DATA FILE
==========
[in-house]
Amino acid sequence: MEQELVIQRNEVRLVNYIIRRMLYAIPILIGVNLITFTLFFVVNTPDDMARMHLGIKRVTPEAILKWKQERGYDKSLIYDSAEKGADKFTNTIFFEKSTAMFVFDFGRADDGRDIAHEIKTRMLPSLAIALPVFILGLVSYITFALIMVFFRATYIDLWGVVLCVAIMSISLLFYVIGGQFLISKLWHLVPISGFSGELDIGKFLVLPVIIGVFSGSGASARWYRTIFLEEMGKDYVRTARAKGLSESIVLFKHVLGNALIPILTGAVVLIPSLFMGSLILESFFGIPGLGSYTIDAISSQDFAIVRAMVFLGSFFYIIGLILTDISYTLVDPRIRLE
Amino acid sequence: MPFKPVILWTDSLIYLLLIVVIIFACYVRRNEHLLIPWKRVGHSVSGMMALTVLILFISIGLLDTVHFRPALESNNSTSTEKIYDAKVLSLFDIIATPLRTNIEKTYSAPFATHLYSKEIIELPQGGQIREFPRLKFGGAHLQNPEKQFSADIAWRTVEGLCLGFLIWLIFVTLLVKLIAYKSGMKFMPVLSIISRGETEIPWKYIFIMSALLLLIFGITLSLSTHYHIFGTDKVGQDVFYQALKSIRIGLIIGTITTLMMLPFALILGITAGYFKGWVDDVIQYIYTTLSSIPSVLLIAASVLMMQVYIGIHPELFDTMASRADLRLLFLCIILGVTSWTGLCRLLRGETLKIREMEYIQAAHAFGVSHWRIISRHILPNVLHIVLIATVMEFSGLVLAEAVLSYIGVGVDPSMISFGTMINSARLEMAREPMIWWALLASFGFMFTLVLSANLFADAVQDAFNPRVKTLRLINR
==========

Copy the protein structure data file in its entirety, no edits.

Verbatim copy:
[in-house]
Amino acid sequence: MEQELVIQRNEVRLVNYIIRRMLYAIPILIGVNLITFTLFFVVNTPDDMARMHLGIKRVTPEAILKWKQERGYDKSLIYDSAEKGADKFTNTIFFEKSTAMFVFDFGRADDGRDIAHEIKTRMLPSLAIALPVFILGLVSYITFALIMVFFRATYIDLWGVVLCVAIMSISLLFYVIGGQFLISKLWHLVPISGFSGELDIGKFLVLPVIIGVFSGSGASARWYRTIFLEEMGKDYVRTARAKGLSESIVLFKHVLGNALIPILTGAVVLIPSLFMGSLILESFFGIPGLGSYTIDAISSQDFAIVRAMVFLGSFFYIIGLILTDISYTLVDPRIRLE
Amino acid sequence: MPFKPVILWTDSLIYLLLIVVIIFACYVRRNEHLLIPWKRVGHSVSGMMALTVLILFISIGLLDTVHFRPALESNNSTSTEKIYDAKVLSLFDIIATPLRTNIEKTYSAPFATHLYSKEIIELPQGGQIREFPRLKFGGAHLQNPEKQFSADIAWRTVEGLCLGFLIWLIFVTLLVKLIAYKSGMKFMPVLSIISRGETEIPWKYIFIMSALLLLIFGITLSLSTHYHIFGTDKVGQDVFYQALKSIRIGLIIGTITTLMMLPFALILGITAGYFKGWVDDVIQYIYTTLSSIPSVLLIAASVLMMQVYIGIHPELFDTMASRADLRLLFLCIILGVTSWTGLCRLLRGETLKIREMEYIQAAHAFGVSHWRIISRHILPNVLHIVLIATVMEFSGLVLAEAVLSYIGVGVDPSMISFGTMINSARLEMAREPMIWWALLASFGFMFTLVLSANLFADAVQDAFNPRVKTLRLINR